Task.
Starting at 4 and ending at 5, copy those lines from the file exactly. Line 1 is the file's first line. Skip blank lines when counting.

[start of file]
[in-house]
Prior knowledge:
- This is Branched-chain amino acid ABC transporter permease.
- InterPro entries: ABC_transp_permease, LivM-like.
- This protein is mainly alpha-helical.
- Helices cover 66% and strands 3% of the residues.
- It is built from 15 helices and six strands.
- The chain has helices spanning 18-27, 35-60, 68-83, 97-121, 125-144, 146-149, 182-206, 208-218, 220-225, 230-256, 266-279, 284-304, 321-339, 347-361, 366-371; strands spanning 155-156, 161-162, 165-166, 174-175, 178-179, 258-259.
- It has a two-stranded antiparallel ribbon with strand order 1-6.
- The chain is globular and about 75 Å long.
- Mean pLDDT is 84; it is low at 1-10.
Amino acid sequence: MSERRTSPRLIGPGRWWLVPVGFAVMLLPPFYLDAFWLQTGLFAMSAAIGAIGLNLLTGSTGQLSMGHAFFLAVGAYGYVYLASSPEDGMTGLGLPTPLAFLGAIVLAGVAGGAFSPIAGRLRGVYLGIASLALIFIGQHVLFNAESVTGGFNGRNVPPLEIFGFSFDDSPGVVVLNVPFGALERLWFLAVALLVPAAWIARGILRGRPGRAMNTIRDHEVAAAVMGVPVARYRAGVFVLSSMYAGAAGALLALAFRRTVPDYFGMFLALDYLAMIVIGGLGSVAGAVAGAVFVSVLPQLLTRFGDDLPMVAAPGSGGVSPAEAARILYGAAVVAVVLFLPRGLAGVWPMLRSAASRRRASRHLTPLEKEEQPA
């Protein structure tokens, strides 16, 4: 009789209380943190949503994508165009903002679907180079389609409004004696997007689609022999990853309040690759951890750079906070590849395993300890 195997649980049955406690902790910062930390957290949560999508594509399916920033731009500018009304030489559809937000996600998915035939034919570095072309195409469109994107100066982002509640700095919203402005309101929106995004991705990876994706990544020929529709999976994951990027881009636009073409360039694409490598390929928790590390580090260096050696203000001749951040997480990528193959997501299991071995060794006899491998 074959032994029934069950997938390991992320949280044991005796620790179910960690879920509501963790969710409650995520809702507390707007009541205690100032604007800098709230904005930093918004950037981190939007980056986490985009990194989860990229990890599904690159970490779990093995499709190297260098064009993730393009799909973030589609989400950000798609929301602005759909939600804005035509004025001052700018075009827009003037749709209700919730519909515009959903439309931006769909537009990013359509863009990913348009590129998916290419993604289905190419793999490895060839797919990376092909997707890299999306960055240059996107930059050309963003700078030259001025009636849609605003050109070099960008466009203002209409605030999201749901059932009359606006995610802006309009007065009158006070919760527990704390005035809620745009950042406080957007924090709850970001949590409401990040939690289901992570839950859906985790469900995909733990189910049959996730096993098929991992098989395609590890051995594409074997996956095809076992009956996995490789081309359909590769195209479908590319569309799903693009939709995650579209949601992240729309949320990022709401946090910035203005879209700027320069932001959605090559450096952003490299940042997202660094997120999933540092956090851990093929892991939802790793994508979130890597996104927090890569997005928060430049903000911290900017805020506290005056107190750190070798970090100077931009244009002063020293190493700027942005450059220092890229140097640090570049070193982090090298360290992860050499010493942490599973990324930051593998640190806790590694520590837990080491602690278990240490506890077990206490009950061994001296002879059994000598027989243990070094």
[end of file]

- InterPro entries: ABC_transp_permease, LivM-like.
- This protein is mainly alpha-helical.